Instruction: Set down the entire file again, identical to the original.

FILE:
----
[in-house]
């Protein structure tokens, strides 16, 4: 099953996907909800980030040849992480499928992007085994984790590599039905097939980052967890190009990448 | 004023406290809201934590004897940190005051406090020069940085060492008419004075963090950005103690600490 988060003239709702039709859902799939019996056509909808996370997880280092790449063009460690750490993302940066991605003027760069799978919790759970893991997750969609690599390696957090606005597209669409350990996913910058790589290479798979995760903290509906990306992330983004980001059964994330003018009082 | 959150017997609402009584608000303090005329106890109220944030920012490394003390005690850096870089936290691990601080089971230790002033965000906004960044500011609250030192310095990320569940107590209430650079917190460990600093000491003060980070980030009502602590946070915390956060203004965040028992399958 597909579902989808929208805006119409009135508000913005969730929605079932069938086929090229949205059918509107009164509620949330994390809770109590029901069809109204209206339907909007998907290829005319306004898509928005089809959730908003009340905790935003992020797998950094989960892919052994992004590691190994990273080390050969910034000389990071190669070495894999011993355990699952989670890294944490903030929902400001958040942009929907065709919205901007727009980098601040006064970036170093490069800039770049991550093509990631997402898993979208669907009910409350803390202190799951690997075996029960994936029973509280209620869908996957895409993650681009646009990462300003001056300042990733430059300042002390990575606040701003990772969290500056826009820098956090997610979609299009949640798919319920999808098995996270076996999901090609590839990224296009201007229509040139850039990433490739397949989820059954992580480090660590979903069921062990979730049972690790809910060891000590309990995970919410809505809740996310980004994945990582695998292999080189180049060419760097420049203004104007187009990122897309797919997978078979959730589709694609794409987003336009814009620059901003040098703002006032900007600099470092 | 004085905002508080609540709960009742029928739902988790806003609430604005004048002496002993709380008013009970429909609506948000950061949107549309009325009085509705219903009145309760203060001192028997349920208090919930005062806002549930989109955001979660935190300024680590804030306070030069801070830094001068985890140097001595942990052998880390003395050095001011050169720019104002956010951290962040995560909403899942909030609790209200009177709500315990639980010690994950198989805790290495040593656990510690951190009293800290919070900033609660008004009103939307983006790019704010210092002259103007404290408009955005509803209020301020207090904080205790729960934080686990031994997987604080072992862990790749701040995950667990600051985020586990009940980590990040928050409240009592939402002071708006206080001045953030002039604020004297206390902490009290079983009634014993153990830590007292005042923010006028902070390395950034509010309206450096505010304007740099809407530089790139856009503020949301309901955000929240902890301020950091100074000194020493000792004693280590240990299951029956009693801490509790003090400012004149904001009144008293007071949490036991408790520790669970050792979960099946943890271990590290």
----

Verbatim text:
[in-house]
């Protein structure tokens, strides 16, 4: 099953996907909800980030040849992480499928992007085994984790590599039905097939980052967890190009990448 | 004023406290809201934590004897940190005051406090020069940085060492008419004075963090950005103690600490 988060003239709702039709859902799939019996056509909808996370997880280092790449063009460690750490993302940066991605003027760069799978919790759970893991997750969609690599390696957090606005597209669409350990996913910058790589290479798979995760903290509906990306992330983004980001059964994330003018009082 | 959150017997609402009584608000303090005329106890109220944030920012490394003390005690850096870089936290691990601080089971230790002033965000906004960044500011609250030192310095990320569940107590209430650079917190460990600093000491003060980070980030009502602590946070915390956060203004965040028992399958 597909579902989808929208805006119409009135508000913005969730929605079932069938086929090229949205059918509107009164509620949330994390809770109590029901069809109204209206339907909007998907290829005319306004898509928005089809959730908003009340905790935003992020797998950094989960892919052994992004590691190994990273080390050969910034000389990071190669070495894999011993355990699952989670890294944490903030929902400001958040942009929907065709919205901007727009980098601040006064970036170093490069800039770049991550093509990631997402898993979208669907009910409350803390202190799951690997075996029960994936029973509280209620869908996957895409993650681009646009990462300003001056300042990733430059300042002390990575606040701003990772969290500056826009820098956090997610979609299009949640798919319920999808098995996270076996999901090609590839990224296009201007229509040139850039990433490739397949989820059954992580480090660590979903069921062990979730049972690790809910060891000590309990995970919410809505809740996310980004994945990582695998292999080189180049060419760097420049203004104007187009990122897309797919997978078979959730589709694609794409987003336009814009620059901003040098703002006032900007600099470092 | 004085905002508080609540709960009742029928739902988790806003609430604005004048002496002993709380008013009970429909609506948000950061949107549309009325009085509705219903009145309760203060001192028997349920208090919930005062806002549930989109955001979660935190300024680590804030306070030069801070830094001068985890140097001595942990052998880390003395050095001011050169720019104002956010951290962040995560909403899942909030609790209200009177709500315990639980010690994950198989805790290495040593656990510690951190009293800290919070900033609660008004009103939307983006790019704010210092002259103007404290408009955005509803209020301020207090904080205790729960934080686990031994997987604080072992862990790749701040995950667990600051985020586990009940980590990040928050409240009592939402002071708006206080001045953030002039604020004297206390902490009290079983009634014993153990830590007292005042923010006028902070390395950034509010309206450096505010304007740099809407530089790139856009503020949301309901955000929240902890301020950091100074000194020493000792004693280590240990299951029956009693801490509790003090400012004149904001009144008293007071949490036991408790520790669970050792979960099946943890271990590290």